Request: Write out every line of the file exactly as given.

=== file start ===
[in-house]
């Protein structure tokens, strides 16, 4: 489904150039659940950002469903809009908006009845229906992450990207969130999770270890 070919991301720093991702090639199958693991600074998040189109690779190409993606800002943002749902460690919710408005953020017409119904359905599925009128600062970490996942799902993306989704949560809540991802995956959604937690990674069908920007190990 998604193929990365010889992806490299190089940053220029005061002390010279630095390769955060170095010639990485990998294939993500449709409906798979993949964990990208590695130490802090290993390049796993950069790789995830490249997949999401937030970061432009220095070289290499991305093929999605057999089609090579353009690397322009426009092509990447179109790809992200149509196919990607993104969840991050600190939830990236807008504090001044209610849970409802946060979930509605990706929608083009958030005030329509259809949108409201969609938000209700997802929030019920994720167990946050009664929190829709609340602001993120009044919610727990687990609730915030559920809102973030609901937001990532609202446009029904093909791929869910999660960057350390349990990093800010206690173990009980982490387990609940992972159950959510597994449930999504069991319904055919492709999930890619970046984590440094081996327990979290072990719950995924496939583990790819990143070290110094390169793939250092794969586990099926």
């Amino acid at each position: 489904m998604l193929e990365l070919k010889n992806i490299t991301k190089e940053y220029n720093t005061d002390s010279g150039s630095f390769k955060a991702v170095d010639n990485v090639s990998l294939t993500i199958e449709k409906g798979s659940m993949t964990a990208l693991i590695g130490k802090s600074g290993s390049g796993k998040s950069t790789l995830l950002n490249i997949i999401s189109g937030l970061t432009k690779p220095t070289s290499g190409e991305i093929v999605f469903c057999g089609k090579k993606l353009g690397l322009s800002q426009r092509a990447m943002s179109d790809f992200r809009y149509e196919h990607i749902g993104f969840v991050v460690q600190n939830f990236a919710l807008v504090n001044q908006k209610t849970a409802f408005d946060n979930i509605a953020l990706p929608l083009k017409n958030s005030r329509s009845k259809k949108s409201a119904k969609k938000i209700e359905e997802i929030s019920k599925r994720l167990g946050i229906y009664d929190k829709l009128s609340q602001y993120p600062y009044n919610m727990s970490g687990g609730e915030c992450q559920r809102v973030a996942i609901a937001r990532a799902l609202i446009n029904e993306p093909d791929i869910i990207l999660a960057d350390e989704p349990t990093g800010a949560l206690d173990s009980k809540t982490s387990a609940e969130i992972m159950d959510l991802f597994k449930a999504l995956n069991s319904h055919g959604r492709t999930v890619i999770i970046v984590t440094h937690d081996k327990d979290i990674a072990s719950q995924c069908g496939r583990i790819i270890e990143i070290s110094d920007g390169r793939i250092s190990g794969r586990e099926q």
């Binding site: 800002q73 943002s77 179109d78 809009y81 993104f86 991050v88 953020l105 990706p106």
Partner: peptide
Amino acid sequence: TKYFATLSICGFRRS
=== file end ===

[in-house]
């Protein structure tokens, strides 16, 4: 489904150039659940950002469903809009908006009845229906992450990207969130999770270890 070919991301720093991702090639199958693991600074998040189109690779190409993606800002943002749902460690919710408005953020017409119904359905599925009128600062970490996942799902993306989704949560809540991802995956959604937690990674069908920007190990 998604193929990365010889992806490299190089940053220029005061002390010279630095390769955060170095010639990485990998294939993500449709409906798979993949964990990208590695130490802090290993390049796993950069790789995830490249997949999401937030970061432009220095070289290499991305093929999605057999089609090579353009690397322009426009092509990447179109790809992200149509196919990607993104969840991050600190939830990236807008504090001044209610849970409802946060979930509605990706929608083009958030005030329509259809949108409201969609938000209700997802929030019920994720167990946050009664929190829709609340602001993120009044919610727990687990609730915030559920809102973030609901937001990532609202446009029904093909791929869910999660960057350390349990990093800010206690173990009980982490387990609940992972159950959510597994449930999504069991319904055919492709999930890619970046984590440094081996327990979290072990719950995924496939583990790819990143070290110094390169793939250092794969586990099926």
């Amino acid at each position: 489904m998604l193929e990365l070919k010889n992806i490299t991301k190089e940053y220029n720093t005061d002390s010279g150039s630095f390769k955060a991702v170095d010639n990485v090639s990998l294939t993500i199958e449709k409906g798979s659940m993949t964990a990208l693991i590695g130490k802090s600074g290993s390049g796993k998040s950069t790789l995830l950002n490249i997949i999401s189109g937030l970061t432009k690779p220095t070289s290499g190409e991305i093929v999605f469903c057999g089609k090579k993606l353009g690397l322009s800002q426009r092509a990447m943002s179109d790809f992200r809009y149509e196919h990607i749902g993104f969840v991050v460690q600190n939830f990236a919710l807008v504090n001044q908006k209610t849970a409802f408005d946060n979930i509605a953020l990706p929608l083009k017409n958030s005030r329509s009845k259809k949108s409201a119904k969609k938000i209700e359905e997802i929030s019920k599925r994720l167990g946050i229906y009664d929190k829709l009128s609340q602001y993120p600062y009044n919610m727990s970490g687990g609730e915030c992450q559920r809102v973030a996942i609901a937001r990532a799902l609202i446009n029904e993306p093909d791929i869910i990207l999660a960057d350390e989704p349990t990093g800010a949560l206690d173990s009980k809540t982490s387990a609940e969130i992972m159950d959510l991802f597994k449930a999504l995956n069991s319904h055919g959604r492709t999930v890619i999770i970046v984590t440094h937690d081996k327990d979290i990674a072990s719950q995924c069908g496939r583990i790819i270890e990143i070290s110094d920007g390169r793939i250092s190990g794969r586990e099926q």
């Binding site: 800002q73 943002s77 179109d78 809009y81 993104f86 991050v88 953020l105 990706p106």
Partner: peptide
Amino acid sequence: TKYFATLSICGFRRS